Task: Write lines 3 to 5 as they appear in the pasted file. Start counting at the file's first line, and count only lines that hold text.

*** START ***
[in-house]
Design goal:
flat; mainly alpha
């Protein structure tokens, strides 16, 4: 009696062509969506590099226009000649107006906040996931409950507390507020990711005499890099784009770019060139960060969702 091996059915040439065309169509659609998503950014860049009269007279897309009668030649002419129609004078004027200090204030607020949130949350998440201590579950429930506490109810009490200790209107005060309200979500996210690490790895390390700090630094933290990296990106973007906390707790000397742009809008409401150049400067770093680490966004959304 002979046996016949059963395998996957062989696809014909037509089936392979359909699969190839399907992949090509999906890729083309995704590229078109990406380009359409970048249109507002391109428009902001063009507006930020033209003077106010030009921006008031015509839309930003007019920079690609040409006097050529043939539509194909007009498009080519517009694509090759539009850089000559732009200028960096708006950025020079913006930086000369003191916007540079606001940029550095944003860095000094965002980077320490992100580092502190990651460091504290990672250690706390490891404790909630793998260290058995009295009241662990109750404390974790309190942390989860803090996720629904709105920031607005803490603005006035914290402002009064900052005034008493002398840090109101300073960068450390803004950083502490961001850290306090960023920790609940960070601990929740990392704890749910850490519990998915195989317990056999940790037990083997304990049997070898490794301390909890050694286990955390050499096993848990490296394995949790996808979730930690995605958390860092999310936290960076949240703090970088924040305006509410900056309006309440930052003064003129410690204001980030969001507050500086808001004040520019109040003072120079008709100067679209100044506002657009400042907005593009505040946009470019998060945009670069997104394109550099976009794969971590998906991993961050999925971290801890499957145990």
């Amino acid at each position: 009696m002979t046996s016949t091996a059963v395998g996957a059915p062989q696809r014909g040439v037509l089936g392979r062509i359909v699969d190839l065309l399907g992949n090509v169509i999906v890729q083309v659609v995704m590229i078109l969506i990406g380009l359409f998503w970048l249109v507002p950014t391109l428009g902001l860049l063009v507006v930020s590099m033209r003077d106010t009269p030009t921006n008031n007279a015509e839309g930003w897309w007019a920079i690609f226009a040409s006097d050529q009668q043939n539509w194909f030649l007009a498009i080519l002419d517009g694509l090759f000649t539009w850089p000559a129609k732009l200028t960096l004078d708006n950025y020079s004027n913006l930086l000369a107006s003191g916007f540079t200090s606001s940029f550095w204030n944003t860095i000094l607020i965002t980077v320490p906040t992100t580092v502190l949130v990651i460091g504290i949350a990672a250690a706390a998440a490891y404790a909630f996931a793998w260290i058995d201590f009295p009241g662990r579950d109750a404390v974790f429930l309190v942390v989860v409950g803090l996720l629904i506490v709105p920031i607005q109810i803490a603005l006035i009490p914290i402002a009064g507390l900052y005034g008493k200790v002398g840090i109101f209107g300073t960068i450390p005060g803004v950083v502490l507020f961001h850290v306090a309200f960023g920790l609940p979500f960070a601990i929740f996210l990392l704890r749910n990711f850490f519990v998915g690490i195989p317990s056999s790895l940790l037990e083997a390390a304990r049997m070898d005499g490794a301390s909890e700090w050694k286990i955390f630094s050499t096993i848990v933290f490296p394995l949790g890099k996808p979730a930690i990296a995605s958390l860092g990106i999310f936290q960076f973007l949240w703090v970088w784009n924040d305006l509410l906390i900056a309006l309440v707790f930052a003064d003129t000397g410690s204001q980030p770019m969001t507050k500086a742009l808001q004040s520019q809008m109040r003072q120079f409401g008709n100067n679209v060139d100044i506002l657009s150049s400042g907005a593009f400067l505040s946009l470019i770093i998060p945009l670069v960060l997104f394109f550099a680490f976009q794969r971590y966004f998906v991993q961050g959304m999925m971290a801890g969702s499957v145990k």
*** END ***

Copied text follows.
flat; mainly alpha
């Protein structure tokens, strides 16, 4: 009696062509969506590099226009000649107006906040996931409950507390507020990711005499890099784009770019060139960060969702 091996059915040439065309169509659609998503950014860049009269007279897309009668030649002419129609004078004027200090204030607020949130949350998440201590579950429930506490109810009490200790209107005060309200979500996210690490790895390390700090630094933290990296990106973007906390707790000397742009809008409401150049400067770093680490966004959304 002979046996016949059963395998996957062989696809014909037509089936392979359909699969190839399907992949090509999906890729083309995704590229078109990406380009359409970048249109507002391109428009902001063009507006930020033209003077106010030009921006008031015509839309930003007019920079690609040409006097050529043939539509194909007009498009080519517009694509090759539009850089000559732009200028960096708006950025020079913006930086000369003191916007540079606001940029550095944003860095000094965002980077320490992100580092502190990651460091504290990672250690706390490891404790909630793998260290058995009295009241662990109750404390974790309190942390989860803090996720629904709105920031607005803490603005006035914290402002009064900052005034008493002398840090109101300073960068450390803004950083502490961001850290306090960023920790609940960070601990929740990392704890749910850490519990998915195989317990056999940790037990083997304990049997070898490794301390909890050694286990955390050499096993848990490296394995949790996808979730930690995605958390860092999310936290960076949240703090970088924040305006509410900056309006309440930052003064003129410690204001980030969001507050500086808001004040520019109040003072120079008709100067679209100044506002657009400042907005593009505040946009470019998060945009670069997104394109550099976009794969971590998906991993961050999925971290801890499957145990």
């Amino acid at each position: 009696m002979t046996s016949t091996a059963v395998g996957a059915p062989q696809r014909g040439v037509l089936g392979r062509i359909v699969d190839l065309l399907g992949n090509v169509i999906v890729q083309v659609v995704m590229i078109l969506i990406g380009l359409f998503w970048l249109v507002p950014t391109l428009g902001l860049l063009v507006v930020s590099m033209r003077d106010t009269p030009t921006n008031n007279a015509e839309g930003w897309w007019a920079i690609f226009a040409s006097d050529q009668q043939n539509w194909f030649l007009a498009i080519l002419d517009g694509l090759f000649t539009w850089p000559a129609k732009l200028t960096l004078d708006n950025y020079s004027n913006l930086l000369a107006s003191g916007f540079t200090s606001s940029f550095w204030n944003t860095i000094l607020i965002t980077v320490p906040t992100t580092v502190l949130v990651i460091g504290i949350a990672a250690a706390a998440a490891y404790a909630f996931a793998w260290i058995d201590f009295p009241g662990r579950d109750a404390v974790f429930l309190v942390v989860v409950g803090l996720l629904i506490v709105p920031i607005q109810i803490a603005l006035i009490p914290i402002a009064g507390l900052y005034g008493k200790v002398g840090i109101f209107g300073t960068i450390p005060g803004v950083v502490l507020f961001h850290v306090a309200f960023g920790l609940p979500f960070a601990i929740f996210l990392l704890r749910n990711f850490f519990v998915g690490i195989p317990s056999s790895l940790l037990e083997a390390a304990r049997m070898d005499g490794a301390s909890e700090w050694k286990i955390f630094s050499t096993i848990v933290f490296p394995l949790g890099k996808p979730a930690i990296a995605s958390l860092g990106i999310f936290q960076f973007l949240w703090v970088w784009n924040d305006l509410l906390i900056a309006l309440v707790f930052a003064d003129t000397g410690s204001q980030p770019m969001t507050k500086a742009l808001q004040s520019q809008m109040r003072q120079f409401g008709n100067n679209v060139d100044i506002l657009s150049s400042g907005a593009f400067l505040s946009l470019i770093i998060p945009l670069v960060l997104f394109f550099a680490f976009q794969r971590y966004f998906v991993q961050g959304m999925m971290a801890g969702s499957v145990k």